NEW YORK — Initial unemployment claims in the United States jumped by 16,000 to 360,000 the week ending July 6, after dipping by 4,000 to a revised 344,000 (was 343,000) for the previous week. Market expectations had been for a 340,000 reading, said Nathan Janzen, an economist for RBC Economics.
The four-week moving average of initial claims rose for the first time in three weeks, climbing to 351,750 from 345,750 for the previous week. Continuing claims for the week ending June 29 rose by 24,000 to 2,977,000.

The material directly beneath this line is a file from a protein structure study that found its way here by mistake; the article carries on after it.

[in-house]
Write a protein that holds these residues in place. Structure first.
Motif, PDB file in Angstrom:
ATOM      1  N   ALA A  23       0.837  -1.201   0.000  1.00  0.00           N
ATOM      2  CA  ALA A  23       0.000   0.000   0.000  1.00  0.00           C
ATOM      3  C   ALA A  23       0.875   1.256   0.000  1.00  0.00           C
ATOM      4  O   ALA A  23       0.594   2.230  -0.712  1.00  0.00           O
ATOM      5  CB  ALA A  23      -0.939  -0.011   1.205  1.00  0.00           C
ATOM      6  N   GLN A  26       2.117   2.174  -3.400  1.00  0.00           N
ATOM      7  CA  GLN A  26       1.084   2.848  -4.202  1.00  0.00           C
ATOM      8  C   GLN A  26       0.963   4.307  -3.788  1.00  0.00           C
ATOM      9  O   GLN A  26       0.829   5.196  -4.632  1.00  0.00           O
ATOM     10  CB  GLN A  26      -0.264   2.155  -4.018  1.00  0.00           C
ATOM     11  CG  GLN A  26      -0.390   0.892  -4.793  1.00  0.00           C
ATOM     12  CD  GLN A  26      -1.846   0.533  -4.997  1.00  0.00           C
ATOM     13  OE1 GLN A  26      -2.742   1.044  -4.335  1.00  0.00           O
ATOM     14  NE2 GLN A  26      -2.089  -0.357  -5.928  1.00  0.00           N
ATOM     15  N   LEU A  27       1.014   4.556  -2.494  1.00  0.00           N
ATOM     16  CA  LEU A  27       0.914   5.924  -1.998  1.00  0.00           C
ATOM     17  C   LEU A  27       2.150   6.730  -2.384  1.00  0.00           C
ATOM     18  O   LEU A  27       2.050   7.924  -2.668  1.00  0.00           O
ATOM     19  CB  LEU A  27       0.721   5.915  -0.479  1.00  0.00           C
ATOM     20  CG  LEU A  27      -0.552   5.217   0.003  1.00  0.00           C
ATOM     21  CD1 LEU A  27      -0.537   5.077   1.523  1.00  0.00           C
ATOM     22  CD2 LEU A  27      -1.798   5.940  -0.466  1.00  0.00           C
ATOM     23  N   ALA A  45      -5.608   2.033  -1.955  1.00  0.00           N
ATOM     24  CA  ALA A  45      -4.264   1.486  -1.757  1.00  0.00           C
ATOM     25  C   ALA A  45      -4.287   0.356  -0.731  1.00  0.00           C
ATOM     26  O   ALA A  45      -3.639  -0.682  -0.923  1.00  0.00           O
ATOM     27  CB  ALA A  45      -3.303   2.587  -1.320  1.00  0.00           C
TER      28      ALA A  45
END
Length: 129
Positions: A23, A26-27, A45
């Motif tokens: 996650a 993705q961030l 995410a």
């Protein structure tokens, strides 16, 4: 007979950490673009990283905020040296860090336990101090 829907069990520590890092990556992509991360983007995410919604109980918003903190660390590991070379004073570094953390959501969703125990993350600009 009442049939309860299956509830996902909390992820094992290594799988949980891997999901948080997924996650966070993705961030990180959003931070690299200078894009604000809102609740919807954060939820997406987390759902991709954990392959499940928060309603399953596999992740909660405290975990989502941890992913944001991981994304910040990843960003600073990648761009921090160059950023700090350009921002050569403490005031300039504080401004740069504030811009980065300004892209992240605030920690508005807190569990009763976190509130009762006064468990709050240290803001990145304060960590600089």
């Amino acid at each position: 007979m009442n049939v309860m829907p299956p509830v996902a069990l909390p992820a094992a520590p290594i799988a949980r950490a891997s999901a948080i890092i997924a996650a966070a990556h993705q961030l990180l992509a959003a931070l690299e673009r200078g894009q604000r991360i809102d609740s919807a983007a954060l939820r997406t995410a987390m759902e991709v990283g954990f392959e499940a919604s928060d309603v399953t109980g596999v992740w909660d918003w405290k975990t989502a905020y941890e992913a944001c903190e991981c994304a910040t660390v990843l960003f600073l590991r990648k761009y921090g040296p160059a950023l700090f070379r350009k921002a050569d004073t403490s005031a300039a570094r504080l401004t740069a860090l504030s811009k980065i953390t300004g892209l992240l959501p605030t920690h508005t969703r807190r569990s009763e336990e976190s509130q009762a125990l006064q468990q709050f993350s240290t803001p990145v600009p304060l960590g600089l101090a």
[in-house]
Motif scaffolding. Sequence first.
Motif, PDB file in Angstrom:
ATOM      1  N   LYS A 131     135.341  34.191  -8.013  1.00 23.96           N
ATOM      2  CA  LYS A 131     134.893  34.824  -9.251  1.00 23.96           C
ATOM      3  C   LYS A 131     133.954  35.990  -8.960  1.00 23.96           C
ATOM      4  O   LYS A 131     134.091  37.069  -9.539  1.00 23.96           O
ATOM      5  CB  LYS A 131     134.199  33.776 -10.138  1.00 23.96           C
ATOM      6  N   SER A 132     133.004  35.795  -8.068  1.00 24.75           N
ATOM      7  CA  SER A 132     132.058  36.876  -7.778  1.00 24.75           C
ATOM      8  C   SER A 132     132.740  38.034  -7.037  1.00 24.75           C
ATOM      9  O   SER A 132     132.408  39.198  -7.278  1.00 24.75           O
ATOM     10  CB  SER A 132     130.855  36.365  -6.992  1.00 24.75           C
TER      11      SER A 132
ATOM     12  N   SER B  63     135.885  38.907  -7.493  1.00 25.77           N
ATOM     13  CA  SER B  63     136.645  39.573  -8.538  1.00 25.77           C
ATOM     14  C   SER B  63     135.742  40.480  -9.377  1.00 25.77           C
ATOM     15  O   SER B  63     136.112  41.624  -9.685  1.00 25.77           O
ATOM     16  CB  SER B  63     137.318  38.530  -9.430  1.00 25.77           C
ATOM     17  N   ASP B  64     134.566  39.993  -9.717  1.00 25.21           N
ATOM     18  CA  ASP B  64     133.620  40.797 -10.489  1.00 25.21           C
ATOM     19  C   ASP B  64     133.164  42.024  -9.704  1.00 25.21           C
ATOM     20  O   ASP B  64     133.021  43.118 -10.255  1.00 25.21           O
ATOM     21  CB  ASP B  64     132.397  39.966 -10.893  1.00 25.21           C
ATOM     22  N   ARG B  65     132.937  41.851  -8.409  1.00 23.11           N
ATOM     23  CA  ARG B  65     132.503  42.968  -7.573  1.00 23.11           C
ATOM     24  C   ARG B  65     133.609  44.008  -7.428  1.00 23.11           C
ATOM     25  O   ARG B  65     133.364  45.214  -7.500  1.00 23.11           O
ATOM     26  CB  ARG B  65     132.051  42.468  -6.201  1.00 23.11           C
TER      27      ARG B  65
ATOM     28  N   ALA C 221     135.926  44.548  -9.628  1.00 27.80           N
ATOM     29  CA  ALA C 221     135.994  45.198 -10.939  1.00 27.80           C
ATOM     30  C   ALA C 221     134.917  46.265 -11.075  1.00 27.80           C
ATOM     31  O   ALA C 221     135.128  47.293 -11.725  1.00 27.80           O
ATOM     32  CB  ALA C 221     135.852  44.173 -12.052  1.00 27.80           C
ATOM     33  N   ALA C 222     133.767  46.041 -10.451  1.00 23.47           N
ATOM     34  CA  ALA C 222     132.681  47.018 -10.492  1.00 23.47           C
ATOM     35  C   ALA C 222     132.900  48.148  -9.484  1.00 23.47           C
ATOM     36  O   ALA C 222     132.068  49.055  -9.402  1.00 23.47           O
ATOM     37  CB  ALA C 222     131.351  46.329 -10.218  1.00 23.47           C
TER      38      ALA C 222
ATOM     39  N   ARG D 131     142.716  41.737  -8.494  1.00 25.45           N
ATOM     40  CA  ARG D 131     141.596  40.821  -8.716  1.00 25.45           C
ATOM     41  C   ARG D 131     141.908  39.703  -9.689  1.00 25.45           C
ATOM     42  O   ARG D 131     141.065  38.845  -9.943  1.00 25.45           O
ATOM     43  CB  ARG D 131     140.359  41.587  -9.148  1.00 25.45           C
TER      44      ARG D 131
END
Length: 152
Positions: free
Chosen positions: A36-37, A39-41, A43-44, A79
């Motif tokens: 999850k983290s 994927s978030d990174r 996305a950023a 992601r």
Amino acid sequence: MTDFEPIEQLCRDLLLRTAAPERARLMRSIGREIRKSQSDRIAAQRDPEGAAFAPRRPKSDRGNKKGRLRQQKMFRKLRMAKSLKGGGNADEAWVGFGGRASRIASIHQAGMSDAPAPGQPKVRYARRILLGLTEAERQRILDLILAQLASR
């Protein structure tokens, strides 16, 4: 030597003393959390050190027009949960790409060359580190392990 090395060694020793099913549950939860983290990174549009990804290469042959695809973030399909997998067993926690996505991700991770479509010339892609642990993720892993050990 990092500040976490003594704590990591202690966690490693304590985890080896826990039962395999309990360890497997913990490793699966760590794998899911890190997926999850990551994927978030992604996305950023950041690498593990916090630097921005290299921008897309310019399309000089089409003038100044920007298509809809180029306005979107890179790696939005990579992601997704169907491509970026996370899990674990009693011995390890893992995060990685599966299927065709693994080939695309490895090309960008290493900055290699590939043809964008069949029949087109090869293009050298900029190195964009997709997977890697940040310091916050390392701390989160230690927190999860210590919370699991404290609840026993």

“The initial claims readings in the month of July are notoriously volatile, as a result of difficulties seasonally adjusting the weekly data around the traditional retooling period for automotive factories in the month,” said Janzen. “This seasonal volatility, rather than underlying weakness, may well have been a factor in the larger than expected increase in claims in the latest week.
“The claims reports for the remainder of July are likely to remain volatile, and it will likely be a number of weeks before we get a ‘clean’ reading; however, we continue to expect that after stronger-than-expected job growth in the first half of 2013, underlying labor market conditions will continue to improve during the second half of the year, particularly as the pace of fiscal contraction begins to ease,” he added.
Nathan Janzen, Economist, RBC Economics